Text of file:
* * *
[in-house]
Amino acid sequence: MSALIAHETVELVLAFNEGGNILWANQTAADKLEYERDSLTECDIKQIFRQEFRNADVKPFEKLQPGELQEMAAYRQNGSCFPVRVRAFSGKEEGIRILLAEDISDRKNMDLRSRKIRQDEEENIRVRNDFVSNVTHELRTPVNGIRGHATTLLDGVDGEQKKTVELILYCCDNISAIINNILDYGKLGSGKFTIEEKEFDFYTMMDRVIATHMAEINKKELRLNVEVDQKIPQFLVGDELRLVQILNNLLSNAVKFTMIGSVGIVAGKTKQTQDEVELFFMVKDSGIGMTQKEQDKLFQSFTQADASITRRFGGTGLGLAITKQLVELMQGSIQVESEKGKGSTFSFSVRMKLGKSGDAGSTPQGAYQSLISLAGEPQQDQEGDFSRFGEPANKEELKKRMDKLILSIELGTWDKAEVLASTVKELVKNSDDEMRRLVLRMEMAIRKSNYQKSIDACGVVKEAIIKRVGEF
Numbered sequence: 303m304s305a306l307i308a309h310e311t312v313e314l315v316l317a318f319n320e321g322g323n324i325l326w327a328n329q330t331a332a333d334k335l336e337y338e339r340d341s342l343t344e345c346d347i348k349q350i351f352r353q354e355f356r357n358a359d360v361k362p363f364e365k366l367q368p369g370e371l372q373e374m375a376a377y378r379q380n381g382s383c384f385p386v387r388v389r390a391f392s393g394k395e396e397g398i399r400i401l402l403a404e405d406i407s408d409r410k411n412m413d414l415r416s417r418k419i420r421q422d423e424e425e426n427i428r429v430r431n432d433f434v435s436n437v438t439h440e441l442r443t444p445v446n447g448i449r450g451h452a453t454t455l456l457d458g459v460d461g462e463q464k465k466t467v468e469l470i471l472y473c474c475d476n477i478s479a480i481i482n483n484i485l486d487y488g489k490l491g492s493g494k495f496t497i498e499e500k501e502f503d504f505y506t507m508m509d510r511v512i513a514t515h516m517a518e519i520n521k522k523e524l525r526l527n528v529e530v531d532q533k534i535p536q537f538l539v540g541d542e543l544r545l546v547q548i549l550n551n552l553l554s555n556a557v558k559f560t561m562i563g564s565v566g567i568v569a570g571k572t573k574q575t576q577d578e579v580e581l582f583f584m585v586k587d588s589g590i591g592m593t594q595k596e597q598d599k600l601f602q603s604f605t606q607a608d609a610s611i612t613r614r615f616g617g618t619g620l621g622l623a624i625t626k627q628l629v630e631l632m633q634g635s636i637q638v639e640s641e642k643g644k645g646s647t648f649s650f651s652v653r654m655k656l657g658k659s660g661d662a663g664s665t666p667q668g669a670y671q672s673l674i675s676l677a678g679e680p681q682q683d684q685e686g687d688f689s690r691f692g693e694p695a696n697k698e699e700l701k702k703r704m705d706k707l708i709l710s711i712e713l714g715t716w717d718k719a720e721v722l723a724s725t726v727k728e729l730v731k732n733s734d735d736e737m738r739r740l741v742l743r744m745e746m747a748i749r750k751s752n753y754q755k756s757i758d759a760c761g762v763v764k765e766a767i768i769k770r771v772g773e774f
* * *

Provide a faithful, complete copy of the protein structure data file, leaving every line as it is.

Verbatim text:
[in-house]
Amino acid sequence: MSALIAHETVELVLAFNEGGNILWANQTAADKLEYERDSLTECDIKQIFRQEFRNADVKPFEKLQPGELQEMAAYRQNGSCFPVRVRAFSGKEEGIRILLAEDISDRKNMDLRSRKIRQDEEENIRVRNDFVSNVTHELRTPVNGIRGHATTLLDGVDGEQKKTVELILYCCDNISAIINNILDYGKLGSGKFTIEEKEFDFYTMMDRVIATHMAEINKKELRLNVEVDQKIPQFLVGDELRLVQILNNLLSNAVKFTMIGSVGIVAGKTKQTQDEVELFFMVKDSGIGMTQKEQDKLFQSFTQADASITRRFGGTGLGLAITKQLVELMQGSIQVESEKGKGSTFSFSVRMKLGKSGDAGSTPQGAYQSLISLAGEPQQDQEGDFSRFGEPANKEELKKRMDKLILSIELGTWDKAEVLASTVKELVKNSDDEMRRLVLRMEMAIRKSNYQKSIDACGVVKEAIIKRVGEF
Numbered sequence: 303m304s305a306l307i308a309h310e311t312v313e314l315v316l317a318f319n320e321g322g323n324i325l326w327a328n329q330t331a332a333d334k335l336e337y338e339r340d341s342l343t344e345c346d347i348k349q350i351f352r353q354e355f356r357n358a359d360v361k362p363f364e365k366l367q368p369g370e371l372q373e374m375a376a377y378r379q380n381g382s383c384f385p386v387r388v389r390a391f392s393g394k395e396e397g398i399r400i401l402l403a404e405d406i407s408d409r410k411n412m413d414l415r416s417r418k419i420r421q422d423e424e425e426n427i428r429v430r431n432d433f434v435s436n437v438t439h440e441l442r443t444p445v446n447g448i449r450g451h452a453t454t455l456l457d458g459v460d461g462e463q464k465k466t467v468e469l470i471l472y473c474c475d476n477i478s479a480i481i482n483n484i485l486d487y488g489k490l491g492s493g494k495f496t497i498e499e500k501e502f503d504f505y506t507m508m509d510r511v512i513a514t515h516m517a518e519i520n521k522k523e524l525r526l527n528v529e530v531d532q533k534i535p536q537f538l539v540g541d542e543l544r545l546v547q548i549l550n551n552l553l554s555n556a557v558k559f560t561m562i563g564s565v566g567i568v569a570g571k572t573k574q575t576q577d578e579v580e581l582f583f584m585v586k587d588s589g590i591g592m593t594q595k596e597q598d599k600l601f602q603s604f605t606q607a608d609a610s611i612t613r614r615f616g617g618t619g620l621g622l623a624i625t626k627q628l629v630e631l632m633q634g635s636i637q638v639e640s641e642k643g644k645g646s647t648f649s650f651s652v653r654m655k656l657g658k659s660g661d662a663g664s665t666p667q668g669a670y671q672s673l674i675s676l677a678g679e680p681q682q683d684q685e686g687d688f689s690r691f692g693e694p695a696n697k698e699e700l701k702k703r704m705d706k707l708i709l710s711i712e713l714g715t716w717d718k719a720e721v722l723a724s725t726v727k728e729l730v731k732n733s734d735d736e737m738r739r740l741v742l743r744m745e746m747a748i749r750k751s752n753y754q755k756s757i758d759a760c761g762v763v764k765e766a767i768i769k770r771v772g773e774f